Monopoly Not A Game For Rural Areas Under Obamacare

New York Times headline: “Health Care Law Jacks Up Prices To The Moon For Rural Areas.”

Just kidding.

But, for the New York Times, the real headline was about as strong as we could hope for: “Health Care Law Fails To Lower Prices For Rural Areas.”

While competition is intense in many populous regions, rural areas and small towns have far fewer carriers offering plans in the law’s online exchanges. Those places, many of them poor, are being asked to choose from some of the highest-priced plans in the 34 states where the federal government is running the health insurance marketplaces, a review by The New York Times has found.

Of the roughly 2,500 counties served by the federal exchanges, more than half, or 58 percent, have plans offered by just one or two insurance carriers, according to an analysis by The Times of county-level data provided by the Department of Health and Human Services. In about 530 counties, only a single insurer is participating.

The analysis suggests that the ambitions of the Affordable Care Act to increase competition have unfolded unevenly, at least in the early going, and have not addressed many of the factors that contribute to high prices. Insurance companies are reluctant to enter challenging new markets, experts say, because medical costs are high, dominant insurers are difficult to unseat, and powerful hospital systems resist efforts to lower rates.

There’s nothing in the structure of the Affordable Care Act which really deals with that problem,” said John Holahan, a fellow at the Urban Institute, who noted that many factors determine costs in a given market. “I think that all else being equal, premiums will clearly be higher when there’s not that competition.”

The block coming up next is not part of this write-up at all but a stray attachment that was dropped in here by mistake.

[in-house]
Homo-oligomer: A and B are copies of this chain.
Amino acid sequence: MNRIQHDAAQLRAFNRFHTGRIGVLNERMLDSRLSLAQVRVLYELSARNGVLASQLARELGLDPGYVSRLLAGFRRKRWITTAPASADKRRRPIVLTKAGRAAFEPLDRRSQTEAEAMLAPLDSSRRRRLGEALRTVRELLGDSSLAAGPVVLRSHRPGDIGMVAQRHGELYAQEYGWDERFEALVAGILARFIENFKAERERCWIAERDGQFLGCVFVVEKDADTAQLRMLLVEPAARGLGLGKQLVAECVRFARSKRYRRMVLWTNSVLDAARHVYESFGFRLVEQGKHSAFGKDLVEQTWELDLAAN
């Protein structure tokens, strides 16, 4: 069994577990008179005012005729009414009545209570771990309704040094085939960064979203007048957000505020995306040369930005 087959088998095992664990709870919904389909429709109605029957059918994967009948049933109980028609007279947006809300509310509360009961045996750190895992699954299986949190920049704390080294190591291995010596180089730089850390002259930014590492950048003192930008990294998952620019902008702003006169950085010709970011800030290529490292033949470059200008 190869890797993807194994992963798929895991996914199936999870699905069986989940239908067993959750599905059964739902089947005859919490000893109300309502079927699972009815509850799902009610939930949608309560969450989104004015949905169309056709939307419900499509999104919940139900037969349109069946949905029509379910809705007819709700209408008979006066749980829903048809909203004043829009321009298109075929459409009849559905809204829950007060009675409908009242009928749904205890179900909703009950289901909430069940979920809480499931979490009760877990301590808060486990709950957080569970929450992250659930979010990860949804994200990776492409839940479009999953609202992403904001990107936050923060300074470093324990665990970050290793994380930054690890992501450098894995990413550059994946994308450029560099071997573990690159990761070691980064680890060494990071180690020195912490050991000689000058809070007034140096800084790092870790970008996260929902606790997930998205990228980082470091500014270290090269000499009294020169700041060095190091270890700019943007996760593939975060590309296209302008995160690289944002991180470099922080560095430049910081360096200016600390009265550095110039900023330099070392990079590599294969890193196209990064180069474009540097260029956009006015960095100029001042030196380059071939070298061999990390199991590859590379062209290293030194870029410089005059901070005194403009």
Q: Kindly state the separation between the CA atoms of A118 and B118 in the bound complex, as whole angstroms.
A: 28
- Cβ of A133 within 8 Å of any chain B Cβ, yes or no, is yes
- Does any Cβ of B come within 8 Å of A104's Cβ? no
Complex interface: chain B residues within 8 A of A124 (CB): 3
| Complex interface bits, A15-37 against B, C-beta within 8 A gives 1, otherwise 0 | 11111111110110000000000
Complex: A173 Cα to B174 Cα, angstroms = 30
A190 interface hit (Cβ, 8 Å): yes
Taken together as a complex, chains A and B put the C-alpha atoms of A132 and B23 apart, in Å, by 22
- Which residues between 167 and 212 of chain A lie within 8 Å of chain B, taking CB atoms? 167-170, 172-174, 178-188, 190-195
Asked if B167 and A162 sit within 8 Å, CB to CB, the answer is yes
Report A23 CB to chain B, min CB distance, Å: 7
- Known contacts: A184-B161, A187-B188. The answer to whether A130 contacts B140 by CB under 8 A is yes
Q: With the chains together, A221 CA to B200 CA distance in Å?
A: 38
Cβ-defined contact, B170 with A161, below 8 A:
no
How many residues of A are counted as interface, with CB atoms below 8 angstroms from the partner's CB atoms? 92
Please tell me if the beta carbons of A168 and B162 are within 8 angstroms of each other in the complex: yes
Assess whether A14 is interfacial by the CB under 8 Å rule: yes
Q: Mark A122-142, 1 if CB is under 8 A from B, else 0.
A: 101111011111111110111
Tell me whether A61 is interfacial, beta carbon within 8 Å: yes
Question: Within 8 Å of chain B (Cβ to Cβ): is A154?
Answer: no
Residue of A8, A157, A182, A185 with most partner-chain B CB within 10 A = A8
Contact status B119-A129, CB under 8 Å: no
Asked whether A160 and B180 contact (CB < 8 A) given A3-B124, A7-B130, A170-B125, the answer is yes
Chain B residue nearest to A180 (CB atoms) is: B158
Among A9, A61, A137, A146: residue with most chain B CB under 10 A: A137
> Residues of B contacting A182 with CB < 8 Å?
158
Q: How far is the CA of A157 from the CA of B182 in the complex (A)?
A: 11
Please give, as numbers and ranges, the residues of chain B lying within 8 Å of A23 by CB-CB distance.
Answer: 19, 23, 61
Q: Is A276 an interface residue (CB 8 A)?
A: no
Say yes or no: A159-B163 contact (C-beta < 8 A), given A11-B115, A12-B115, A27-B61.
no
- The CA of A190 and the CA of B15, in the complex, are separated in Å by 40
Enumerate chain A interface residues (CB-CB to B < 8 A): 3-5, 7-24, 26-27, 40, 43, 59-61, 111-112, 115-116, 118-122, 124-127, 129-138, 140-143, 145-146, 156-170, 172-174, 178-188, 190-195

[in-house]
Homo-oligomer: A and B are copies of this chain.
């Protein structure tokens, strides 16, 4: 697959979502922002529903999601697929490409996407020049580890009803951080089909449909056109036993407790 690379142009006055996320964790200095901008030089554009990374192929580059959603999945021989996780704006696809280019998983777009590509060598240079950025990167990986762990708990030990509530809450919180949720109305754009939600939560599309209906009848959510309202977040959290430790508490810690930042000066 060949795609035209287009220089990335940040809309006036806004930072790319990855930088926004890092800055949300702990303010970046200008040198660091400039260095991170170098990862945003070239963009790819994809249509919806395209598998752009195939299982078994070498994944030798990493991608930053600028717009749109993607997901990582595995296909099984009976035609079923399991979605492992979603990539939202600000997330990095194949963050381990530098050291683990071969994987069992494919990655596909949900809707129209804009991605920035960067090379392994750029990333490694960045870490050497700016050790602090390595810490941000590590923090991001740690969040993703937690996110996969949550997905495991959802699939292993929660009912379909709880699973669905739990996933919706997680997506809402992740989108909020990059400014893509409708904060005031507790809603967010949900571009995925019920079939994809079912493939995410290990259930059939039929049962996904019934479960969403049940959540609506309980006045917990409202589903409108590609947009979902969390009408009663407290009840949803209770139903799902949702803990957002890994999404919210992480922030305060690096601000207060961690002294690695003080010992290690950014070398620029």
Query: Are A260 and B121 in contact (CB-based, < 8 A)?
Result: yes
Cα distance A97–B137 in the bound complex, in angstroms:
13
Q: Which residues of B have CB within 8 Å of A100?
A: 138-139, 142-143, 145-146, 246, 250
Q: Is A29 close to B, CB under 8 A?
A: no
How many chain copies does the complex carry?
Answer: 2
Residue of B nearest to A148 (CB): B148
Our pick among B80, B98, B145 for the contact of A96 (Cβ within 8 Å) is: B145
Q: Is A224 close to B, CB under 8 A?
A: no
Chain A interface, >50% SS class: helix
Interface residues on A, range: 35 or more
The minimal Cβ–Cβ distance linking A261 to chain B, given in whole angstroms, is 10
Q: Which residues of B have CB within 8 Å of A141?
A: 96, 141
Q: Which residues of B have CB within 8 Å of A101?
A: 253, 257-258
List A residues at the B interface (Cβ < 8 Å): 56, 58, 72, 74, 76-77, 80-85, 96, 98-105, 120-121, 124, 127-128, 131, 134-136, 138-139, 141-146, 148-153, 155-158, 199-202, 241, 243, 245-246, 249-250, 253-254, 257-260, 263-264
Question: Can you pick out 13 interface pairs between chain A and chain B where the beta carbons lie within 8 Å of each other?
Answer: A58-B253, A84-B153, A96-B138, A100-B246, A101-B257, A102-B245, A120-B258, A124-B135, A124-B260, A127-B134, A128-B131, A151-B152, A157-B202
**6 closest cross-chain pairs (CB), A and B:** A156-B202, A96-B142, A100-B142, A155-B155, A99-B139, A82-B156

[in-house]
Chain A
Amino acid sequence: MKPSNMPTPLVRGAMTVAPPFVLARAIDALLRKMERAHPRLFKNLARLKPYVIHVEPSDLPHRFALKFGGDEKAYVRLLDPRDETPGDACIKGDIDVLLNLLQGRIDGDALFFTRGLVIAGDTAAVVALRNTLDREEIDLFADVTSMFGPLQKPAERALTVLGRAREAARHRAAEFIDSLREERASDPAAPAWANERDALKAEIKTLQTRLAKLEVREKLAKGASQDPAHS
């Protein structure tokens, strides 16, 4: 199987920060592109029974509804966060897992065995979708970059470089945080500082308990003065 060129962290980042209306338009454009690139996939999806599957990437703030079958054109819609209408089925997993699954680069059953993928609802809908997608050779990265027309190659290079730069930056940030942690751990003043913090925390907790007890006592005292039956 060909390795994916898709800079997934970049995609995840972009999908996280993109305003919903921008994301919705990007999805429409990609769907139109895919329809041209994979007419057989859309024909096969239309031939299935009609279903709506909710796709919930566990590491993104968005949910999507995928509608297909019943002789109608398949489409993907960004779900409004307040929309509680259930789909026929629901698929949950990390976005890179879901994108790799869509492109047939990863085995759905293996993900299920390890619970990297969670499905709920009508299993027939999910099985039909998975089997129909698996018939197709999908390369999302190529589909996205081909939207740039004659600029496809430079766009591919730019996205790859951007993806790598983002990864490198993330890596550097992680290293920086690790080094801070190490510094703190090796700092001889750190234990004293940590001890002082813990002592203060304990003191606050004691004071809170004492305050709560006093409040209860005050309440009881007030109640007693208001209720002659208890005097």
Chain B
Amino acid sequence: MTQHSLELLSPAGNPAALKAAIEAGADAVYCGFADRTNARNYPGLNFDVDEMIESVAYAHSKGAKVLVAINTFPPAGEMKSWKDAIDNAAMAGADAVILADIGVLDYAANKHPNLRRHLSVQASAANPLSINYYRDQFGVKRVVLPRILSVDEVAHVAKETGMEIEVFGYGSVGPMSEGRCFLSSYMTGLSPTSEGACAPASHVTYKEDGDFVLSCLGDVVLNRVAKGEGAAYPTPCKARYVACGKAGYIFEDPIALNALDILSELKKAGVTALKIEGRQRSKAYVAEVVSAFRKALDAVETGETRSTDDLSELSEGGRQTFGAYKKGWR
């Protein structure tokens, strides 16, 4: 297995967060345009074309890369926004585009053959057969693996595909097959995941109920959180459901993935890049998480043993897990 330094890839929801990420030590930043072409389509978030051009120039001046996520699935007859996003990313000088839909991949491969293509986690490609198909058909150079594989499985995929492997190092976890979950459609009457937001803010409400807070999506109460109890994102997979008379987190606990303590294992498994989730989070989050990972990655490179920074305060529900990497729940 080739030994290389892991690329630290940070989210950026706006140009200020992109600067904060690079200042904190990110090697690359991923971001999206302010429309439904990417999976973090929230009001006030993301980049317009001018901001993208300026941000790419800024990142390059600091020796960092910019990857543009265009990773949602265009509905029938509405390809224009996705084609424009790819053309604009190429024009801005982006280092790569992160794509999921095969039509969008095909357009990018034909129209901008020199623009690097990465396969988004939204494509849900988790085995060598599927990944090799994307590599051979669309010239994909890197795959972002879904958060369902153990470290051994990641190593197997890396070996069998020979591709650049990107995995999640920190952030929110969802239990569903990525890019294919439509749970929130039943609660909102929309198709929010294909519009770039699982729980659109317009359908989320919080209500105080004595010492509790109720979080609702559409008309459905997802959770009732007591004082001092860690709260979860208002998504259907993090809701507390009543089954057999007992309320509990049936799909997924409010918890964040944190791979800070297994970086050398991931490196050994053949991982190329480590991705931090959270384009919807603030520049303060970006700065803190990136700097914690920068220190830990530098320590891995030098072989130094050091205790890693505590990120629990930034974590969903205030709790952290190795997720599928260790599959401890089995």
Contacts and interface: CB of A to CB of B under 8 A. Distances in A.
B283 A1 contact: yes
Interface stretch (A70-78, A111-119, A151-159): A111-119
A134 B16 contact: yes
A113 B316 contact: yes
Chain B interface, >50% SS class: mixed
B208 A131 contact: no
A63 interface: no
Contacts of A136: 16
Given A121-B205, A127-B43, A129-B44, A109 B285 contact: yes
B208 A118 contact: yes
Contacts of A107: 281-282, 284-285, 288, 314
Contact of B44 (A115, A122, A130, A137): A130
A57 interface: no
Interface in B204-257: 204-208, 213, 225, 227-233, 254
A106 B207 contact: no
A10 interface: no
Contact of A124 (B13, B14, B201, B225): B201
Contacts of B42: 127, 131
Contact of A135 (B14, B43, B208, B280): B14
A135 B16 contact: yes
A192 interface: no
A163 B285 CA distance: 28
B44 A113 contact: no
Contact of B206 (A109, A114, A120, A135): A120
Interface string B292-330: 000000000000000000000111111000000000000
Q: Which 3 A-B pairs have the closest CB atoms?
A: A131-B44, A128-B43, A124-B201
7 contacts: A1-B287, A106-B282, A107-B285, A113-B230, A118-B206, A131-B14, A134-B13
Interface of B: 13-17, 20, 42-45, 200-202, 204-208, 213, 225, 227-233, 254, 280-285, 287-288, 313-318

The fact that the New York Times can report this as some sort of interesting and unforeseen discovery should make everyone’s blood boil. We were told that the health care system was “broken” and that Obama and his technocratic experts knew how to fix it. He knew nothing. The experts were stupid. Here we are in the midst of their ruins and the New York Times continues to pretend we live in a magic world where everything is made glorious by government. This is their religious faith on display:

The Affordable Care Act, which was passed in 2010, was designed to make health insurance available to people who had not been able to afford it or had been denied coverage because of pre-existing conditions. It has transformed the market for individual insurance by creating marketplaces aimed at making it easier for consumers to compare their options. The law also sought to level the playing field for new insurers.

Before its passage, the existing insurance marketplace was often dominated by a single insurer.

Have you seen anything in the news, even in the pages of the rancid New York Times, that has indicated that Obamacare has made it “easier for consumer to compare their options.” They expect their readers to just believe what they know is false information!

Furthermore, if there were monopolies, basic economics tells you that these were government created monopolies. Why weren’t the regulations creating these monopolies ended to allow real competition in a free market?

Because politicians like monopoly. It gives them power. A few people impoverished in rural areas are just more eggs that must be broken to make the omelet.